Source: Dialogues in Clinical Neuroscience - November 12, 2014 Category: Neuroscience Tags: Dialogues Clin Neurosci Source Type: research

Emerging role of microRNAs in major depressive disorder: diagnosis and therapeutic implications.
Authors: Dwivedi Y Abstract Major depressive disorder (MDD) is a major public health concern. Despite tremendous advances, the pathogenic mechanisms associated with MDD are still unclear. Moreover, a significant number of MDD subjects do not respond to the currently available medication. MicroRNAs (miRNAs) are a class of small noncoding RNAs that control gene expression by modulating translation, messenger RNA (mRNA) degradation, or stability of mRNA targets. The role of miRNAs in disease pathophysiology is emerging rapidly. Recent studies demonstrating the involvement of miRNAs in several aspects of neural plastic...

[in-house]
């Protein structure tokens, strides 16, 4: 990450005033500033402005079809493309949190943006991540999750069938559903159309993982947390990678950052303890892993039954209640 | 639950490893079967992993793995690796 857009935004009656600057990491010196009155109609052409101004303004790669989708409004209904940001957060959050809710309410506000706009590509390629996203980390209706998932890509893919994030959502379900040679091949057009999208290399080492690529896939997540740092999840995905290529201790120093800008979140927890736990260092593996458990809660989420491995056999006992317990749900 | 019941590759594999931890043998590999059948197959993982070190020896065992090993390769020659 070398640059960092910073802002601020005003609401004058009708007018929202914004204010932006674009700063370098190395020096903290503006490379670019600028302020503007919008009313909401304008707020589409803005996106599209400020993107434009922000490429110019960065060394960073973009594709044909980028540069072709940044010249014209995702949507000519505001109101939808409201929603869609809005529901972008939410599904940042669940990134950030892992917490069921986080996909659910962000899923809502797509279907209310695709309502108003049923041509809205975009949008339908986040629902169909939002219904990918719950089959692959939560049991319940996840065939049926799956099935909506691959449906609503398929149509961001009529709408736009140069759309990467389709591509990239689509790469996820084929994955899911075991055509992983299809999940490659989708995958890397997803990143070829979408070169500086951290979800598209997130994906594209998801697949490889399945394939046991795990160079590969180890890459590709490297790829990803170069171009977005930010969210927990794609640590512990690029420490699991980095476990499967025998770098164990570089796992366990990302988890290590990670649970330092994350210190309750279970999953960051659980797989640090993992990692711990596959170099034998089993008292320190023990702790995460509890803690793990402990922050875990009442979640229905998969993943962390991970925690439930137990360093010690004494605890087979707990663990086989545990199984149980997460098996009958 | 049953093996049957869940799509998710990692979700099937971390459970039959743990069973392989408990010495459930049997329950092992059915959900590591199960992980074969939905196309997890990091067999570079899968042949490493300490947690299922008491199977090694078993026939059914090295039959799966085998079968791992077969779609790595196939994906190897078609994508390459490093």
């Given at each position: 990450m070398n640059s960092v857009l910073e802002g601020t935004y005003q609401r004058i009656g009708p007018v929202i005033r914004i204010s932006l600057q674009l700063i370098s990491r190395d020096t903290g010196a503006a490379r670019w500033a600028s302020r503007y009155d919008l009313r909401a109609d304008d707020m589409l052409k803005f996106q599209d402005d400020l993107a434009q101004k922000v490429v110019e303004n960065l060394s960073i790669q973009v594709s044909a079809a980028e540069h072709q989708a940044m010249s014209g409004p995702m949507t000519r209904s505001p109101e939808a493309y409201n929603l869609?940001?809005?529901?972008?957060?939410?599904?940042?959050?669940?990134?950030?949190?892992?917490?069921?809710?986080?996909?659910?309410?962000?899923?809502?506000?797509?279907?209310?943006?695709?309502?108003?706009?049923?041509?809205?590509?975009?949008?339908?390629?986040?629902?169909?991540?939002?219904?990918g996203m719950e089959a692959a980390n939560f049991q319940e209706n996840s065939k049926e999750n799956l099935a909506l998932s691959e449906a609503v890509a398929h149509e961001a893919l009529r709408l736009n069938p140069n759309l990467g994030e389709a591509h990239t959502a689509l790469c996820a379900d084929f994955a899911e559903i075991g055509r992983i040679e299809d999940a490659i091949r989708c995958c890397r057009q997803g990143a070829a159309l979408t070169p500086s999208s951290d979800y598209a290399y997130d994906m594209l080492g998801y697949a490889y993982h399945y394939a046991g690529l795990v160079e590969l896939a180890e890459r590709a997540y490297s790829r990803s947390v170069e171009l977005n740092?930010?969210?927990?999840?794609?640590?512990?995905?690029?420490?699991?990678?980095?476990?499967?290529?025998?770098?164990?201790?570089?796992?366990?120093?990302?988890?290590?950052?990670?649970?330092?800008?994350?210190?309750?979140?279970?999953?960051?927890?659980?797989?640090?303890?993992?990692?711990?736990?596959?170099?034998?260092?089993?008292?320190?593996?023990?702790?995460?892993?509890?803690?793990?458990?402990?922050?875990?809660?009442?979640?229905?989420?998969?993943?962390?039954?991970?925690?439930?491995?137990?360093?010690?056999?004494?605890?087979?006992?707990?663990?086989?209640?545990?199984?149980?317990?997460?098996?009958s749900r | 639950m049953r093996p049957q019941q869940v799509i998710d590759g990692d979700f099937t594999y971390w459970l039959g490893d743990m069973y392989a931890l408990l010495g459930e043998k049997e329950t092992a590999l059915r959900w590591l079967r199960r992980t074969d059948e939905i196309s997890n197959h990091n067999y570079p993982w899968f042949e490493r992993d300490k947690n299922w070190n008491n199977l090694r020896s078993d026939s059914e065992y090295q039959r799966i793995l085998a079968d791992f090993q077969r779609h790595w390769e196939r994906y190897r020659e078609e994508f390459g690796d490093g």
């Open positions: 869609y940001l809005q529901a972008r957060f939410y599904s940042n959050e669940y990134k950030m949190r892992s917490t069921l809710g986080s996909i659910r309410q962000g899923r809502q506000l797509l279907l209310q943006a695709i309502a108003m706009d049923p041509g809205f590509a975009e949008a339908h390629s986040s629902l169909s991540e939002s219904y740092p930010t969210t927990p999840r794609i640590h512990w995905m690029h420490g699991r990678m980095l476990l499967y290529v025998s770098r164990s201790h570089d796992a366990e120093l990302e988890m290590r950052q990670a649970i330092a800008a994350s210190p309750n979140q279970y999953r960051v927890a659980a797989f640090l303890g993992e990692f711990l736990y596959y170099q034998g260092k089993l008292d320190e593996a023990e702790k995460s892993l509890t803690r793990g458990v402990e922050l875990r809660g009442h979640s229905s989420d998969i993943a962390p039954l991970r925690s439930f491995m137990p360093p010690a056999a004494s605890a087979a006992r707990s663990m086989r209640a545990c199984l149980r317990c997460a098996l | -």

Source: Dialogues in Clinical Neuroscience - November 12, 2014 Category: Neuroscience Tags: Dialogues Clin Neurosci Source Type: research

Proteomics, metabolomics, and protein interactomics in the characterization of the molecular features of major depressive disorder.
Authors: Martins-de-Souza D Abstract Omics technologies emerged as complementary strategies to genomics in the attempt to understand human illnesses. In general, proteomics technologies emerged earlier than those of metabolomics for major depressive disorder (MDD) research, but both are driven by the identification of proteins and/or metabolites that can delineate a comprehensive characterization of MDD's molecular mechanisms, as well as lead to the identification of biomarker candidates of all types-prognosis, diagnosis, treatment, and patient stratification. Also, one can explore protein and metabolite interactom...